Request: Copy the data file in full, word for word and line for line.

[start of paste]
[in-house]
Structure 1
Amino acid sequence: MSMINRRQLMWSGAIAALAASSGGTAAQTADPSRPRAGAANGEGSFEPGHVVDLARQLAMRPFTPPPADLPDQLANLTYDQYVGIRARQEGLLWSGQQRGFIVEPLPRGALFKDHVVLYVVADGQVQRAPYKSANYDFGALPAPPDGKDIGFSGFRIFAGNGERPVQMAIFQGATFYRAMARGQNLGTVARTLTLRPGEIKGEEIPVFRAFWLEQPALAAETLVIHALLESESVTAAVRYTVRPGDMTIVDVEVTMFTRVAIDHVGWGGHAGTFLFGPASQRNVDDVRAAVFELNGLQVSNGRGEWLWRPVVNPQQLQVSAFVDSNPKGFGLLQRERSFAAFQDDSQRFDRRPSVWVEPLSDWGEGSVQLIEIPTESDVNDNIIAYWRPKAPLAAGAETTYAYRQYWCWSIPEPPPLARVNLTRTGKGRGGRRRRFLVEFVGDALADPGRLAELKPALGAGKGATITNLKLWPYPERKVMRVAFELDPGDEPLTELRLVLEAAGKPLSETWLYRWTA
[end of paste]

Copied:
[in-house]
Structure 1
Amino acid sequence: MSMINRRQLMWSGAIAALAASSGGTAAQTADPSRPRAGAANGEGSFEPGHVVDLARQLAMRPFTPPPADLPDQLANLTYDQYVGIRARQEGLLWSGQQRGFIVEPLPRGALFKDHVVLYVVADGQVQRAPYKSANYDFGALPAPPDGKDIGFSGFRIFAGNGERPVQMAIFQGATFYRAMARGQNLGTVARTLTLRPGEIKGEEIPVFRAFWLEQPALAAETLVIHALLESESVTAAVRYTVRPGDMTIVDVEVTMFTRVAIDHVGWGGHAGTFLFGPASQRNVDDVRAAVFELNGLQVSNGRGEWLWRPVVNPQQLQVSAFVDSNPKGFGLLQRERSFAAFQDDSQRFDRRPSVWVEPLSDWGEGSVQLIEIPTESDVNDNIIAYWRPKAPLAAGAETTYAYRQYWCWSIPEPPPLARVNLTRTGKGRGGRRRRFLVEFVGDALADPGRLAELKPALGAGKGATITNLKLWPYPERKVMRVAFELDPGDEPLTELRLVLEAAGKPLSETWLYRWTA